wipe-free − overwrite all free space in a filesystem with zeros
wipe-free [−b block_size] [−c count] [−m max_chunks] [−h(elp)]
wipe-free writes very large files containing all zeros to the current directory until the filesystem is filled (or the specified maximum number of files is written, and then deletes them all. This effectively zeros out all free space in the filesystem, making the filesystem much more compressible when backing up entire filesystem images. The dd, filesize, sync, and tempname utilities serve as the engines of the wipe-free utility.
Set the block size used by dd, in bytes. The default value is 4096.
Set the number of block per zero file. The default value is 262144, which is enough to yield a file of exactly 1 GiB.
Limit the number of files written by wipe-free. The default value is 4096, which is enough to fill a 4 TiB drive using the defaults given above. −h Print help and quit.
The reason that wipe-free writes zeros in chunks (instead of all at once), is that several filesystems tends to slow down markedly as they approach full. NTFS is one such culprit. With the periodic listing of the zero files, the user can detect such slowdown and manually halt wipe-free (via Ctrl-C) if desired.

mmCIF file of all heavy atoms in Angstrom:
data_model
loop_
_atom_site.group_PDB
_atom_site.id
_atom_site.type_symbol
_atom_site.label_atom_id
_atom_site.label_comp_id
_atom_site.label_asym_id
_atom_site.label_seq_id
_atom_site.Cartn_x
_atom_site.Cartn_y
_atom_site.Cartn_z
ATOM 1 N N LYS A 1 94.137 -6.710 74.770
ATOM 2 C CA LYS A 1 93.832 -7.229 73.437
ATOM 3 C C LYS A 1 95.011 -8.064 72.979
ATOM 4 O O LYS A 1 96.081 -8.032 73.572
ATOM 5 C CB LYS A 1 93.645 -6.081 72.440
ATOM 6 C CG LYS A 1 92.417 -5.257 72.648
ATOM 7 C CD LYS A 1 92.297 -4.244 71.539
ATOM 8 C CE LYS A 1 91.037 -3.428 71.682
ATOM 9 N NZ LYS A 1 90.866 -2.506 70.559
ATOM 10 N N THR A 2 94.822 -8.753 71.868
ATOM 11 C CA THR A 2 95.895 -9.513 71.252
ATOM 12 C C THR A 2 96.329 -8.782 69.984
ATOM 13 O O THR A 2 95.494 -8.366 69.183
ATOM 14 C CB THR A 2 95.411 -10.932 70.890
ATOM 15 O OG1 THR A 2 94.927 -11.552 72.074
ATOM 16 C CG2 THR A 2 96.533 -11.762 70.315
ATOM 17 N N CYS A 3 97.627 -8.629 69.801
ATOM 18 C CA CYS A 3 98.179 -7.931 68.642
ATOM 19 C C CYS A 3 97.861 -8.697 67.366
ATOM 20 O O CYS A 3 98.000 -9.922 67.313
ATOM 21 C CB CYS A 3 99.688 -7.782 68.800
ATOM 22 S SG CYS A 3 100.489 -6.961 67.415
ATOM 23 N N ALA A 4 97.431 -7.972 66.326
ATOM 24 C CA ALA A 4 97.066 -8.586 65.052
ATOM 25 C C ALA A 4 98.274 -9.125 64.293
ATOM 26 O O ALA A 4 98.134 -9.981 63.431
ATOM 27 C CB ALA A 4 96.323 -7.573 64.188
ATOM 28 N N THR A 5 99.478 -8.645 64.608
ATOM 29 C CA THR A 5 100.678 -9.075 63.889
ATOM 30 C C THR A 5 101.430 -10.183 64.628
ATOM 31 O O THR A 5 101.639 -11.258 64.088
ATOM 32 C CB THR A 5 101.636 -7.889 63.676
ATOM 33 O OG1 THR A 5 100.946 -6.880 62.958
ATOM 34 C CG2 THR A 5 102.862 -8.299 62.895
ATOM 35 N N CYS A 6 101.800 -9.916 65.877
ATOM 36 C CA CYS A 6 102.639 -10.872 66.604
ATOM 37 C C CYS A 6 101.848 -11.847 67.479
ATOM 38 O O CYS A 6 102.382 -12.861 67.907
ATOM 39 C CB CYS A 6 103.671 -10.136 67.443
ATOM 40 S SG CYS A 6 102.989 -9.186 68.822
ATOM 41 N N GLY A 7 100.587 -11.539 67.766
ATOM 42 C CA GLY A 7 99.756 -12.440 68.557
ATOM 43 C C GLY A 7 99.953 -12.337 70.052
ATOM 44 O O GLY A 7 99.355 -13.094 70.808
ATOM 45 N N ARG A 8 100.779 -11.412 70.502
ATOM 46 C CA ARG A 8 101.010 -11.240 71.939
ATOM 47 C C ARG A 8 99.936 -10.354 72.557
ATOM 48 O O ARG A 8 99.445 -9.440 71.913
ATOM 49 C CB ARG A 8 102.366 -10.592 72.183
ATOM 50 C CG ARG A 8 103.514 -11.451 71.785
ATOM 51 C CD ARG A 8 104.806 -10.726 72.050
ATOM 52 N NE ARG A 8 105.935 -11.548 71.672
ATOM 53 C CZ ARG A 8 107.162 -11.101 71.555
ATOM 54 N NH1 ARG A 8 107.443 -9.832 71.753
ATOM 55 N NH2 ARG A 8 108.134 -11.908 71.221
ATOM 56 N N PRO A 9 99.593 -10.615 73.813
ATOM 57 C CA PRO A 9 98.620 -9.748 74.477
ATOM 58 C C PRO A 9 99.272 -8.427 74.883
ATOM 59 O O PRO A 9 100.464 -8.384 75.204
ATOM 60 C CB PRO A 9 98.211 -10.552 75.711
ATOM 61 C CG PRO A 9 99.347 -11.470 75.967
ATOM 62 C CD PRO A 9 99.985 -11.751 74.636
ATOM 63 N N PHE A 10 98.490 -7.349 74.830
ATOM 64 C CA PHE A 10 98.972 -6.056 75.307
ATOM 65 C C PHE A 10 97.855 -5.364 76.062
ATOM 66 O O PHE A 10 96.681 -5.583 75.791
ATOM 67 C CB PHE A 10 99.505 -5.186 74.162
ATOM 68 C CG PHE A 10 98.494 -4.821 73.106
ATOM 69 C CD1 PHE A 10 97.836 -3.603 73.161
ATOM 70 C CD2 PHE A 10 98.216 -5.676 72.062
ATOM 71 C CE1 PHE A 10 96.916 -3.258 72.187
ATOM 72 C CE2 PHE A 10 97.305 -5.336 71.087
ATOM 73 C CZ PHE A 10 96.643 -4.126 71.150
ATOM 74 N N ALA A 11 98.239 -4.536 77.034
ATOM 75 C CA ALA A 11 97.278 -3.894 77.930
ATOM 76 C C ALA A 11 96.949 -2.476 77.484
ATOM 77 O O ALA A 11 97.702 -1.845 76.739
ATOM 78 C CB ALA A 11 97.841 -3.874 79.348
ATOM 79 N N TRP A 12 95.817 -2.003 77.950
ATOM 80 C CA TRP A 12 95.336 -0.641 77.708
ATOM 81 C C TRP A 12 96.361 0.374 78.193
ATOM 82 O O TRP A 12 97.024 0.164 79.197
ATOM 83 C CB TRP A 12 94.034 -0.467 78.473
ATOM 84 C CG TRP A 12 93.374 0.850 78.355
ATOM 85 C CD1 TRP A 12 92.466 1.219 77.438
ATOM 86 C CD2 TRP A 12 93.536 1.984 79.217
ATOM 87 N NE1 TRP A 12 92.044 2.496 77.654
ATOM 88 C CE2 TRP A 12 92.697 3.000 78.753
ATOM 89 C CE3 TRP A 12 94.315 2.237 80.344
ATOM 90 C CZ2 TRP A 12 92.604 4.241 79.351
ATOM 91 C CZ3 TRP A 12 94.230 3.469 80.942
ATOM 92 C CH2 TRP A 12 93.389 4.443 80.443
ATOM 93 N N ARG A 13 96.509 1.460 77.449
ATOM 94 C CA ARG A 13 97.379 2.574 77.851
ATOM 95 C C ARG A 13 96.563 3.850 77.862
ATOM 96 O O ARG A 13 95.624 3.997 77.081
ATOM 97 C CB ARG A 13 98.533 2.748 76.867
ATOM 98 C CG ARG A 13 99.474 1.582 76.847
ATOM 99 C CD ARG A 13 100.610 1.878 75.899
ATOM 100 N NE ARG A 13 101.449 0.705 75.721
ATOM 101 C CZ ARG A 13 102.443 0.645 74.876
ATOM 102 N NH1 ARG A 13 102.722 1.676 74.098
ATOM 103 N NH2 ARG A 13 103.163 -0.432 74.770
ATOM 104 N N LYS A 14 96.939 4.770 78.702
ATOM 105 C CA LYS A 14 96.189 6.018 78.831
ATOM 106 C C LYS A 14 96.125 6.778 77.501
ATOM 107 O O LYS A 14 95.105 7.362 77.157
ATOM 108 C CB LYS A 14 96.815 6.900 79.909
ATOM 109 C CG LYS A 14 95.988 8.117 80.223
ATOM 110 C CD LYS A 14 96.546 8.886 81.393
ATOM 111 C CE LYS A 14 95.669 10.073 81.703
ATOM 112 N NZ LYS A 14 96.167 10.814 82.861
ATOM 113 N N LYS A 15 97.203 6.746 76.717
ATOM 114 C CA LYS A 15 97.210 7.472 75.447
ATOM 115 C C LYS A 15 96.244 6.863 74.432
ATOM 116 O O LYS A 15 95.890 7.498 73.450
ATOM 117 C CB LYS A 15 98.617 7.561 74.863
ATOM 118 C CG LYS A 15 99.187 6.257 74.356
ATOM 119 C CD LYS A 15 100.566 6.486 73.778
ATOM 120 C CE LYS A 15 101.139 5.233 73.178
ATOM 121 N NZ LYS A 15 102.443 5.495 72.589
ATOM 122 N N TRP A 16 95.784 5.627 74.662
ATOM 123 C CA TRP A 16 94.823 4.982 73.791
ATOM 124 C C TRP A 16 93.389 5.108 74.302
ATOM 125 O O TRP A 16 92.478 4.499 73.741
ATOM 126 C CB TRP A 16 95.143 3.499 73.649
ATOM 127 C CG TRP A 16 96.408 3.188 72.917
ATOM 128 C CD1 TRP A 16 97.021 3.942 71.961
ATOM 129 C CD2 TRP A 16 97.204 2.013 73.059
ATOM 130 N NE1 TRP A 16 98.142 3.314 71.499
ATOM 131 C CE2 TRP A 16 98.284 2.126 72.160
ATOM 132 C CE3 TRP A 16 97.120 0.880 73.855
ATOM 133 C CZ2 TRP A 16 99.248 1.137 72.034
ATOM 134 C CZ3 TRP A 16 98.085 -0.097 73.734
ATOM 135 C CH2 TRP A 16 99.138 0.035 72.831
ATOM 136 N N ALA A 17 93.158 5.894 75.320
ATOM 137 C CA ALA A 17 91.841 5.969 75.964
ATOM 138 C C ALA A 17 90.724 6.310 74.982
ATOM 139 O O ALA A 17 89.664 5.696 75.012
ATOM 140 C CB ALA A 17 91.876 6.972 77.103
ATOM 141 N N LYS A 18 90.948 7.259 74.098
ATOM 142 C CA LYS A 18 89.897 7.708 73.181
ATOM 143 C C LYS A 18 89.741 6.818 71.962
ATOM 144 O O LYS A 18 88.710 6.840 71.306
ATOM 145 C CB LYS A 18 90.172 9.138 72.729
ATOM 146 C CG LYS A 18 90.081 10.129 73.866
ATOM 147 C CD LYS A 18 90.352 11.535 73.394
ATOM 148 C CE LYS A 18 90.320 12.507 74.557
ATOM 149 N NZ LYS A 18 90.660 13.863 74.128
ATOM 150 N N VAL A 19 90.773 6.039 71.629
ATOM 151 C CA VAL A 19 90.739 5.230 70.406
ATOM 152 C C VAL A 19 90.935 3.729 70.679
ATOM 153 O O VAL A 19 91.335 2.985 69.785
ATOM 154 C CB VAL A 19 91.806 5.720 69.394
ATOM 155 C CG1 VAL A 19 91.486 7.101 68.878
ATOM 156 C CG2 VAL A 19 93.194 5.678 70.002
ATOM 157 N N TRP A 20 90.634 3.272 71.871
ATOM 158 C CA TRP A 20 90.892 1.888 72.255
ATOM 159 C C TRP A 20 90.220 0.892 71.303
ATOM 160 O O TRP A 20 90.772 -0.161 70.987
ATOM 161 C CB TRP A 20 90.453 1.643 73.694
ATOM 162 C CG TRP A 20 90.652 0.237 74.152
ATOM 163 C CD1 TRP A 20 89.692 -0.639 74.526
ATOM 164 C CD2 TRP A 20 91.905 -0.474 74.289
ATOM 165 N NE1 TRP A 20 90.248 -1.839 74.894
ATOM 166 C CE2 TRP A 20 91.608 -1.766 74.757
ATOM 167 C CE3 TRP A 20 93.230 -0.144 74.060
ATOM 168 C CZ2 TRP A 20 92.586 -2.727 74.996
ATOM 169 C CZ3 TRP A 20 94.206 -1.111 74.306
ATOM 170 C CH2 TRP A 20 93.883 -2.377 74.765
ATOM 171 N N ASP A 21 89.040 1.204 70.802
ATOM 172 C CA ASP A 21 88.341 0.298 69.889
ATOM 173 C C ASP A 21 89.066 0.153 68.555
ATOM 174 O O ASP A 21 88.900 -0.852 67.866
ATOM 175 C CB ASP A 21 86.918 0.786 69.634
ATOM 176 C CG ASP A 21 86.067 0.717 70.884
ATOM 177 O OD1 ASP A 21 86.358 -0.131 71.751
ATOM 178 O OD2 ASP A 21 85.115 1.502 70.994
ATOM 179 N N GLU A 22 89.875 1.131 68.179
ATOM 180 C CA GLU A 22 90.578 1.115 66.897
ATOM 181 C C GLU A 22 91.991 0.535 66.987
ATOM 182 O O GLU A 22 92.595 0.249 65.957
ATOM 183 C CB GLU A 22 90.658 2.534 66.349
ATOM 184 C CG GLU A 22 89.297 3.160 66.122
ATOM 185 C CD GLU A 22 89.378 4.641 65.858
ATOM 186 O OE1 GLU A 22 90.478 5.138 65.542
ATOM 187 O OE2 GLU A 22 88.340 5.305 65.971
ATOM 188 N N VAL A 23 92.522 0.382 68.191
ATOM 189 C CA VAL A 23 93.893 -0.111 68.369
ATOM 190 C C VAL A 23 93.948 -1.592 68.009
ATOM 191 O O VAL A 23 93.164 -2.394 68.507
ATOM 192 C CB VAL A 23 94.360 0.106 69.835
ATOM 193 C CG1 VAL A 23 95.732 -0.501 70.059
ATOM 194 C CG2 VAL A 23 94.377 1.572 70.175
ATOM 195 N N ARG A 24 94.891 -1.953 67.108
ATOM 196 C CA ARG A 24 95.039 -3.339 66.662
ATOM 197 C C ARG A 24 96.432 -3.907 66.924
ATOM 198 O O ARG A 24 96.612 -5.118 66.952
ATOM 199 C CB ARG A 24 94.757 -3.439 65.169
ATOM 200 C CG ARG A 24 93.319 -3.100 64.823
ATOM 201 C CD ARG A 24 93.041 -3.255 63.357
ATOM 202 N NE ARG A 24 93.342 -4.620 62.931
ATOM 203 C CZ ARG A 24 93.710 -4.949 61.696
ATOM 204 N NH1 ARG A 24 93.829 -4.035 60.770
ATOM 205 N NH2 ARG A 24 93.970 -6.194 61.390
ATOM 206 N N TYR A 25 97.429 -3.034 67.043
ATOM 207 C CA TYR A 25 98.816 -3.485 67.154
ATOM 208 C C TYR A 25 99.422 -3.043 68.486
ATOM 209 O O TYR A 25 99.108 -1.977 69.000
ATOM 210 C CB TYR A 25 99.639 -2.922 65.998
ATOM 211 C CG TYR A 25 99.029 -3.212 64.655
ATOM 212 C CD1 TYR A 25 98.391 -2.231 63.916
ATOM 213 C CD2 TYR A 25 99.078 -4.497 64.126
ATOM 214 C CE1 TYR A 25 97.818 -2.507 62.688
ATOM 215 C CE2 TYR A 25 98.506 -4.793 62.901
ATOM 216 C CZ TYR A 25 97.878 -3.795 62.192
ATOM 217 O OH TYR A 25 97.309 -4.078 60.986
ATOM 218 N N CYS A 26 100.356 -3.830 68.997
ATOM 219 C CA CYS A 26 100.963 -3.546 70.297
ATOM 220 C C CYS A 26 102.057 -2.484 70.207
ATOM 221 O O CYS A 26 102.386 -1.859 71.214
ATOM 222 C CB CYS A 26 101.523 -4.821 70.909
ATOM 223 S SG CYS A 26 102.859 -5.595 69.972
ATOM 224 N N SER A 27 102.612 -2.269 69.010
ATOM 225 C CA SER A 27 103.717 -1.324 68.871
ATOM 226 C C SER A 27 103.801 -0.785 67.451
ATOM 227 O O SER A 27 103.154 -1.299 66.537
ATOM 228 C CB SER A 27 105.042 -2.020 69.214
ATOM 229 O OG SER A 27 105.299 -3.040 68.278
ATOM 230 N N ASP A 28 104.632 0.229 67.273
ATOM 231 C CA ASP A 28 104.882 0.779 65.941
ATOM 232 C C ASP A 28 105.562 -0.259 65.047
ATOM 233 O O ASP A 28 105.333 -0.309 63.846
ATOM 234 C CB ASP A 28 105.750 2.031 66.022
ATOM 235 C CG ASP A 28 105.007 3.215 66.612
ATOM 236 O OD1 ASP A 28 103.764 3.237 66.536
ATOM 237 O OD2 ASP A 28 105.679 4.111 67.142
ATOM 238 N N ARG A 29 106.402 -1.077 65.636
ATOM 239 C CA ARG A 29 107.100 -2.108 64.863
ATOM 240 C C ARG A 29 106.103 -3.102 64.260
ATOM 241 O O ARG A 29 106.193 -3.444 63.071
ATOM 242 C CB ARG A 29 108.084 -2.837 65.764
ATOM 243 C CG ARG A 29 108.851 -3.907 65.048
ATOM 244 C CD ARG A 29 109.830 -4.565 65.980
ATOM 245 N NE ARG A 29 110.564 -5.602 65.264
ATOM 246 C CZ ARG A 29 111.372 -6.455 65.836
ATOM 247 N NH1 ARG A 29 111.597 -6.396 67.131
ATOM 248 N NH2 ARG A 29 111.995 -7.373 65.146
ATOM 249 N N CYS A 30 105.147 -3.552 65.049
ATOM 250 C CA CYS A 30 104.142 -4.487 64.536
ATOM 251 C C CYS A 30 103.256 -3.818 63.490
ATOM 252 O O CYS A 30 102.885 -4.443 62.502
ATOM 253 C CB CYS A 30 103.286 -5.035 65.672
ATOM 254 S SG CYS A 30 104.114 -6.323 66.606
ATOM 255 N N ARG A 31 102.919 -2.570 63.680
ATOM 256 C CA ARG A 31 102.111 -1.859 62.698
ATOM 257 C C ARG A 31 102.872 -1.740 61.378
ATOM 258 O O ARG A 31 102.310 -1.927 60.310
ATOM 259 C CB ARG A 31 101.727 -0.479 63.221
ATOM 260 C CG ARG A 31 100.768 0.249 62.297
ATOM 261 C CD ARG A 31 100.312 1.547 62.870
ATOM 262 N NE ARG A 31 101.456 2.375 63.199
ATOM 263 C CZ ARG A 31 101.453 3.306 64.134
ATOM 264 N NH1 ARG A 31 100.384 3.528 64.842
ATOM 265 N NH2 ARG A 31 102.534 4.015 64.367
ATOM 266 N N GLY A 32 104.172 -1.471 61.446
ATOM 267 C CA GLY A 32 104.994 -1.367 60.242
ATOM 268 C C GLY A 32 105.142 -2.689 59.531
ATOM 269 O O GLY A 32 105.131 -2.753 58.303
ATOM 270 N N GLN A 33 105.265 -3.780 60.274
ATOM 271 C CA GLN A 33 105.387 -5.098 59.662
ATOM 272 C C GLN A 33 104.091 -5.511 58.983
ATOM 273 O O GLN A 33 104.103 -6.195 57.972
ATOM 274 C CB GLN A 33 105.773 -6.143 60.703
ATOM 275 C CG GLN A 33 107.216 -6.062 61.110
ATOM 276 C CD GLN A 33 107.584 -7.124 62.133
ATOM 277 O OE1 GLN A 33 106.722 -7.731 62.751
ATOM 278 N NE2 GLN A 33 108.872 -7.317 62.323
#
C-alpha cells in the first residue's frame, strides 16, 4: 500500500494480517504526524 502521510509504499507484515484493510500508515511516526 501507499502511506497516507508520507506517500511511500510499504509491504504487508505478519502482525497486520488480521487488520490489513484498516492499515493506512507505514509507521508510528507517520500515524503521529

Additionally, it should be noted that wipe-free is NOT a secure wiping utility. If you’re trying to ensure that data potentially stored in unused sectors cannot ever be read, then a formal secure erase program (such as shred or a utility from the secure_deletion package) should be used instead.
Alternatives to wipe-free include zerofree (which works on ext2/3/4 filesystems) and the three-step sequence of ntfsclone --save-image, dd if=/dev/zero, and ntfsclone --restore-image (which works on NTFS filesystems). These alternatives are more thorough than wipe-free, but are limited to specific filesystems.
dd(1), filesize(1), shred(1), sync(1), tempname(1), ntfsclone(1), zerofree(1)
Copyright (C) 2011-2021 by Brian Lindholm. This program is free software; you can use it, redistribute it, and/or modify it under the terms of the GNU General Public License as published by the Free Software Foundation; either version 3, or (at your option) any later version.
This program is distributed in the hope that it will be useful, but WITHOUT ANY WARRANTY; without even the implied warranty of MERCHANTABILITY or FITNESS FOR A PARTICULAR PURPOSE. See the GNU General Public License for more details.